18. 18

    This is so cool! Thank you for sharing. My family and I are going to a soccer game tonight and they will be having a fireworks show. I can’t wait to try this out :)

    Oh, and I LOVE the results you got!!!

  19. 19

    Bravo and Kudos to everyone that posted! The results are great! I will try my hand at capturing fireworks tomorrow night — I can’t wait!

  20. 20
    Ruthanne says:

    You inspired me to go ahead and try it. I think I got some decent ones for not following any rules. I have seen ‘bulb mode’ show up on my camera but I don’t really understand it yet. I need to go do some research on that. I actually don’t mind the smoke in the shot. It’s what I see in real life and it reminds me of the whole experience.
    Here’s one of my favorites from last night.

  21. 21

    fireworks from last night as we watched on the dam of waurika lake, ok

  22. 22
    susan says:

    This was my first time with fireworks in 09, here my favorite.

    Exposure 0.125 sec (1/8)
    Aperture f/4.5
    Focal Length 75 mm
    ISO Speed 400
    no tripod

  23. 23
    Drew says:

    I have a blast last night at my in-laws farm. Here is my fav of the night!!

  24. 24
    Drew says:

    I take it back . . .this one is my fav!

  25. 25
    claudia says:

    or you can also fake it in photoshop, make a composite of your best shots by layering and using screen or linear dodge to blend them together! :D
    http://www.flickr.com/photos/laurohunt/5900335193/

  26. 26

    F/5
    1/60ss
    ISO800
    Hand held
    50mm f1.4 lens

  27. 27
    Tom Pappa says:

    My first real attempt at photographing fireworks. I had tried before with a point and shoot, handheld with less than so-so results. Got lucky on a few. Bought my first DSLR just 11 months ago (have already upgraded since) and have fallen in LOVE.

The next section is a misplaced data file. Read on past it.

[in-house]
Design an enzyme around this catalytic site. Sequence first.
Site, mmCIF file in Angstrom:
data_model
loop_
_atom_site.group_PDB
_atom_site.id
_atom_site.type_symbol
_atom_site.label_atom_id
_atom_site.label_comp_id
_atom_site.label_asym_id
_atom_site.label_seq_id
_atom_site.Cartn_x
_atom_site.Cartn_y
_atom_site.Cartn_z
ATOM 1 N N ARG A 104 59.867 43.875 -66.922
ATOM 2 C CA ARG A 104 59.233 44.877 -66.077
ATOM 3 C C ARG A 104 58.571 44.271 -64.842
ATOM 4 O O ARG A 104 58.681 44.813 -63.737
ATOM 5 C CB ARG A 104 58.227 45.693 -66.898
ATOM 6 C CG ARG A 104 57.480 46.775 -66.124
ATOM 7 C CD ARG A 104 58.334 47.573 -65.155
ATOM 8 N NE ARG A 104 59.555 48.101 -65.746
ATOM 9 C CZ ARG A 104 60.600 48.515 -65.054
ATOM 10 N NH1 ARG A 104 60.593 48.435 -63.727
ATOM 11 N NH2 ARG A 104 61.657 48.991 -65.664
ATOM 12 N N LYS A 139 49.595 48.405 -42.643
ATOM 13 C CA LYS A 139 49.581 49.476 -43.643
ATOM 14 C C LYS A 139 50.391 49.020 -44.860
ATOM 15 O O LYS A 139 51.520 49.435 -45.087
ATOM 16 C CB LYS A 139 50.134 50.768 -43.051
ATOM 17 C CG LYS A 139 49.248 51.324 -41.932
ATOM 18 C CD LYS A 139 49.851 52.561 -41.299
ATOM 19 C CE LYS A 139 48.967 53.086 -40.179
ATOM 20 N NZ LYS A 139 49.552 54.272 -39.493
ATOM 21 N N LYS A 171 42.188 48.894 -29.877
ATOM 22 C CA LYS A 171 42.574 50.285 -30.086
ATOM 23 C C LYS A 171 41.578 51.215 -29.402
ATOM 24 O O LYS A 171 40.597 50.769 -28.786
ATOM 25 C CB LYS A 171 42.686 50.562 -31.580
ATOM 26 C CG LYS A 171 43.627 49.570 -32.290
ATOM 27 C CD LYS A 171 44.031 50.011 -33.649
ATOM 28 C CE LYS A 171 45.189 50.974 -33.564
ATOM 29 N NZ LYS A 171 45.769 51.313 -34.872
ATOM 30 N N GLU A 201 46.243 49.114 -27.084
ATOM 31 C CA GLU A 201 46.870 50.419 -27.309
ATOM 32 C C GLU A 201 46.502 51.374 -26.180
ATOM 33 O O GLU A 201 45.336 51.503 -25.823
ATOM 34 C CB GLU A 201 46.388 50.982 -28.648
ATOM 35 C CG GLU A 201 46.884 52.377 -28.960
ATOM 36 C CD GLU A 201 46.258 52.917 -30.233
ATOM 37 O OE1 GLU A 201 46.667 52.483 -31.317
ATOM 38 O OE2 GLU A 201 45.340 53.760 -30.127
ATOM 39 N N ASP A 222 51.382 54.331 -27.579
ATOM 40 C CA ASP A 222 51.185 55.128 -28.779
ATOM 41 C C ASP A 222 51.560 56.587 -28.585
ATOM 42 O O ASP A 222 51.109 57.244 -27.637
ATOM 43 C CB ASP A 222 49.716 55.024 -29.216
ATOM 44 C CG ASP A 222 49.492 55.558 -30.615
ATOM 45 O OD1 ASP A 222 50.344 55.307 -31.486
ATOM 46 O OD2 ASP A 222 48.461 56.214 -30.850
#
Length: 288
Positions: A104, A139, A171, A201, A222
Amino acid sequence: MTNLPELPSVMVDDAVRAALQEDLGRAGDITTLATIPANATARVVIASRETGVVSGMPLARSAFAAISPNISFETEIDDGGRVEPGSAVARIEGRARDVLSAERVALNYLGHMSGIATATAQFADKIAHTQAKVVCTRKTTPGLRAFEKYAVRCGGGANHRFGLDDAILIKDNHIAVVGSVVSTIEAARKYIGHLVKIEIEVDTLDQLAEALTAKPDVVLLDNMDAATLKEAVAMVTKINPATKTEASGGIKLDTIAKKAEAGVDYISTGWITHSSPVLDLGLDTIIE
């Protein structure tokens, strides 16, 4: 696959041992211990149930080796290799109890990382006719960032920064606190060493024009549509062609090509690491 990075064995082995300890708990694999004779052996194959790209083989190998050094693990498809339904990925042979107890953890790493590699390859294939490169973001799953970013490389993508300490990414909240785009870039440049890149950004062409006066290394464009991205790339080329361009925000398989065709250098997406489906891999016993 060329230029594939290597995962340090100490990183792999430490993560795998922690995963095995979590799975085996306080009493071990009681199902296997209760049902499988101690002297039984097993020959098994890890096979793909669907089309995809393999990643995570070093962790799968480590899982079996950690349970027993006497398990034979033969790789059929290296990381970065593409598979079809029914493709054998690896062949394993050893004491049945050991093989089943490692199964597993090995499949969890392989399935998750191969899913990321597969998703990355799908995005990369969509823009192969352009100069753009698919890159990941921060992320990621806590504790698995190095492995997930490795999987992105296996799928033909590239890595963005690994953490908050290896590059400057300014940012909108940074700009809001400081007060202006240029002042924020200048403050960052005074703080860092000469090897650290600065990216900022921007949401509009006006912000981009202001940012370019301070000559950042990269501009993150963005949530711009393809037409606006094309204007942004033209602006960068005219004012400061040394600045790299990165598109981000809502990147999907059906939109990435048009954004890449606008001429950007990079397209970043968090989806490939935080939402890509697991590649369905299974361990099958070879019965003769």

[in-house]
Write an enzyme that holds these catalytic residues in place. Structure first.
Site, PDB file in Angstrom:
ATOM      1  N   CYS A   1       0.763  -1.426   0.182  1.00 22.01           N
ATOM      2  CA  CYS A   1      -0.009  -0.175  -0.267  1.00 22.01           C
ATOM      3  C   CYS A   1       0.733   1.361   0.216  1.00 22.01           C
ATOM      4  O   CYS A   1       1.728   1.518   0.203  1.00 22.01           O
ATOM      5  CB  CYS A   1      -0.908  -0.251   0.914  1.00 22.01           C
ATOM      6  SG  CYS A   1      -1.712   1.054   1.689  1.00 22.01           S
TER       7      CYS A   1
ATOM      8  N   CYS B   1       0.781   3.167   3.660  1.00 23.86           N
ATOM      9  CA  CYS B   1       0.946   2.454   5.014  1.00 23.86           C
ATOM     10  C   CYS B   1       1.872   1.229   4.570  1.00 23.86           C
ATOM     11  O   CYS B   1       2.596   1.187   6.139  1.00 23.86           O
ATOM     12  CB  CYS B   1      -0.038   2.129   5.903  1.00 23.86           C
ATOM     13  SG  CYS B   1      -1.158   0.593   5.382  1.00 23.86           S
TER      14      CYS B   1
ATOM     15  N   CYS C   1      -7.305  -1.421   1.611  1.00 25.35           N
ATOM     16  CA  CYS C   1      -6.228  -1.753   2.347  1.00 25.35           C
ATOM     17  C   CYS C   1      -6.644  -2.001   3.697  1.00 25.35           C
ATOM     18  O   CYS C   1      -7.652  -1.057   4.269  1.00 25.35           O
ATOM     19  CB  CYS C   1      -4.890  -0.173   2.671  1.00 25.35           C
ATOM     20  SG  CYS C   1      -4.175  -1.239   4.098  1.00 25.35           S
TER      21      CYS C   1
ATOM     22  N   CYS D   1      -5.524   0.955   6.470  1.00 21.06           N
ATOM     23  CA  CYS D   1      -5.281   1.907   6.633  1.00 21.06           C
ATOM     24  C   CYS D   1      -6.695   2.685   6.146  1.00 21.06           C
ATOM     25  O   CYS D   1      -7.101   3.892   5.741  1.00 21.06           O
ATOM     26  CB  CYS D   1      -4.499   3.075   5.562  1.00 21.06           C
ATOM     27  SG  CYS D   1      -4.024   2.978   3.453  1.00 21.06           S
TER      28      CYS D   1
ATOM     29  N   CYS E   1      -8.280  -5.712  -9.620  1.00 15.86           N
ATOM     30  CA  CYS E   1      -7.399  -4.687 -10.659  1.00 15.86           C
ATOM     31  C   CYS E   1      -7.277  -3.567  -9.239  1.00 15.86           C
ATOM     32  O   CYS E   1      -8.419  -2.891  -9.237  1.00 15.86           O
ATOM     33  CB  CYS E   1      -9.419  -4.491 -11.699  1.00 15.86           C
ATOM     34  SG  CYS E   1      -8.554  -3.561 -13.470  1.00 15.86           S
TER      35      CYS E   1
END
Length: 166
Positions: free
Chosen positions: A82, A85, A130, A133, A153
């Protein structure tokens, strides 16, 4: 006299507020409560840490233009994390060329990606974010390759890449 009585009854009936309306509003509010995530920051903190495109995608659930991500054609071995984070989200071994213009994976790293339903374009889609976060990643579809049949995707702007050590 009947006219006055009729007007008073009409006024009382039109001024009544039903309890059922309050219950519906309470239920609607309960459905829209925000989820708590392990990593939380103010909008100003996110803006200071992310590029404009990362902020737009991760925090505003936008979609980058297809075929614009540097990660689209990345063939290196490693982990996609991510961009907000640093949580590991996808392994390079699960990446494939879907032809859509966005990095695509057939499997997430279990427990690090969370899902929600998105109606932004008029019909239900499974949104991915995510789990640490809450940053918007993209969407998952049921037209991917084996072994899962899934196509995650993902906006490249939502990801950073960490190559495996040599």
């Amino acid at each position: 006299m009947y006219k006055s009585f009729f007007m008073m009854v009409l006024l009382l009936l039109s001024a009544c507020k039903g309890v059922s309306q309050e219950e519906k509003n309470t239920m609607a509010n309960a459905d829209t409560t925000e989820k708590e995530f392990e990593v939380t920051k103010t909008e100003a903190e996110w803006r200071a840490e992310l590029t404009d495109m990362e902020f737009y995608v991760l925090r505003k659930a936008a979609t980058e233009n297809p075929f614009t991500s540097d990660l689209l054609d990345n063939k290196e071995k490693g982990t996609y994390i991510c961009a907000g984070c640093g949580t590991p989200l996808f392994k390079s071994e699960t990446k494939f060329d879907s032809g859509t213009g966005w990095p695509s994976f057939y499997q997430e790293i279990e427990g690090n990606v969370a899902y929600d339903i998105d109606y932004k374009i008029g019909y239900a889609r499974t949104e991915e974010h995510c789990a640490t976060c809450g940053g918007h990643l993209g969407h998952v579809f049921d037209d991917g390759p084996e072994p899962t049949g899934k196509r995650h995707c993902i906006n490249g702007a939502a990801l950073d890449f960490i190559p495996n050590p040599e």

D7000 on tripod
    Tamron 17-50mm 2.8 VC (17mm, VC off)
    Shutter set to Bulb – 4.1 sec.
    ISO 100
    Aperture f16

  28. 28
    Juliet Grace says:

    I took these last year in northern California. And much to my surprise, they came out great. I hand held my Nikon D80 w/55-200 zoom…I did the 800 iso and I can’t remember what the f stop was. I actually won 2 ribbons on this shot. Not bad for an amature.

  29. 29

    I had just read the “rules” yesterday then didn’t follow any of them last night.

    This one is with my 70-200 2.8L ISO 500 f/2.8 1/50 hand held

  30. 30
    Mark says:

    Multiple exposures ranging from 1/250 to 12 secs. F/16. Breaking the rules is fun!

  31. 31
    Rachel says:

    I took fireworks for the first time this year. I love how they turned out but after reading your blog, I’m going to experiment some tonight. :-)

  32. 32
    Valerie says:

    I took these at the Detroit/Windsor fireworks this past Monday. It was my first time shooting fireworks in a big city, and I was overjoyed. Mostly hand-held shots.

    See the rest at https://www.facebook.com/media/set/?set=a.895014396972.2347791.16106811&l=cdae2a20a1

  33. 33
    DebC says:

    I have a basic point-and-shoot, now over 3 years old.
    Apparently, I have always broken the rules.
    Here is a post from my 2010 Project365Blog: